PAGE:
“The Fisheries Department which is responsible for preventing trawlers has poorly equipped patrol boats. They cannot do the job,” Waju tells TNS. He says the Fisheries Department must be provided with fast and well-equipped boats like the Coast Guard and Maritime Security Agency.

“With the reduction of fish in the sea, we can’t even afford to educate our children. However, the government is doing nothing to help us. Therefore, we are firmly behind Maulana’s protest,” he continues.

The Maulana has warned that if the people of Gwadar do not get water supply and electricity they will not welcome CPEC projects. He has said that the government must take steps by the week end to meet their demands.

Media reports suggest that given the pickets on roads leading to Gwadar port and a sense of hostility towards the Chinese project, Chinese diplomats have expressed concern over the matter and asked the government of Pakistan to resolve the issues.

The protestors have now put up posters carrying the pictures of the senator, MNA and MPA from Gwadar declaring them ‘missing persons’ for their failure to visit the protest camp.

Asked for his comments, MNA Aslam Bhootani tells TNS that he has been undergoing dialysis for the last five months.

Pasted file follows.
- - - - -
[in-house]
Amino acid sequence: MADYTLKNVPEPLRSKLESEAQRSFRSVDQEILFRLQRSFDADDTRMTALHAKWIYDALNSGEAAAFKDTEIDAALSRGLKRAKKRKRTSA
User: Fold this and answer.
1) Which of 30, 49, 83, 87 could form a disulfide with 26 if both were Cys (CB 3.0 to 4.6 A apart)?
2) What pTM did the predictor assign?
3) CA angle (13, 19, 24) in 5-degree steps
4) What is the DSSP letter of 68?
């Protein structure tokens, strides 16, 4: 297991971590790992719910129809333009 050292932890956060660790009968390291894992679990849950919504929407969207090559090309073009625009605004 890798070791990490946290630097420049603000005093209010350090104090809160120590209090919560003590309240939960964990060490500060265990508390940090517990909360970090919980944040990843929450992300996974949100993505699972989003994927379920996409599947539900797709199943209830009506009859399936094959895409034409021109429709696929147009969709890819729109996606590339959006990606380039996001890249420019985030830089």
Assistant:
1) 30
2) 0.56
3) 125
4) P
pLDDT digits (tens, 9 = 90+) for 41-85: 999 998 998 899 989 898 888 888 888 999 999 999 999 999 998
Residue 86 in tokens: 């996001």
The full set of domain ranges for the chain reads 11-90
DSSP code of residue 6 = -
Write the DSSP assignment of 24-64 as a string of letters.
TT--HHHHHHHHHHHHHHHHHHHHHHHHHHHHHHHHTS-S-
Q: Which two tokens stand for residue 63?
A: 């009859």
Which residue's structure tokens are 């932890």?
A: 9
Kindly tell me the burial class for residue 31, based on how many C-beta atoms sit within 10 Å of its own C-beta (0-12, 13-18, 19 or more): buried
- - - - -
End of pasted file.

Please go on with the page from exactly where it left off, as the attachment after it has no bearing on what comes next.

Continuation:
“I am not in the shape physically to travel to Gwadar. However, I have always done my best to resolve the problems of Gwadar’s people,” he tells TNS.

Bhootani mentions that among other things he had helped obtain approval for breakwaters for fishermen in the Eastbay expressway, the establishment of a university and a cadet college and requested the federal government to approve a Rs 3.3 billion grant for missing civic facilities in Gwadar. “The protestors have the right to display my picture and question my absence but they need to realise that the problems of Gwadar cannot be solved overnight,” Bhootani tells TNS.

The writer is a journalist and researcher. He can be reached on twitter: @iAdnanAamir

On Gwadar’s grievances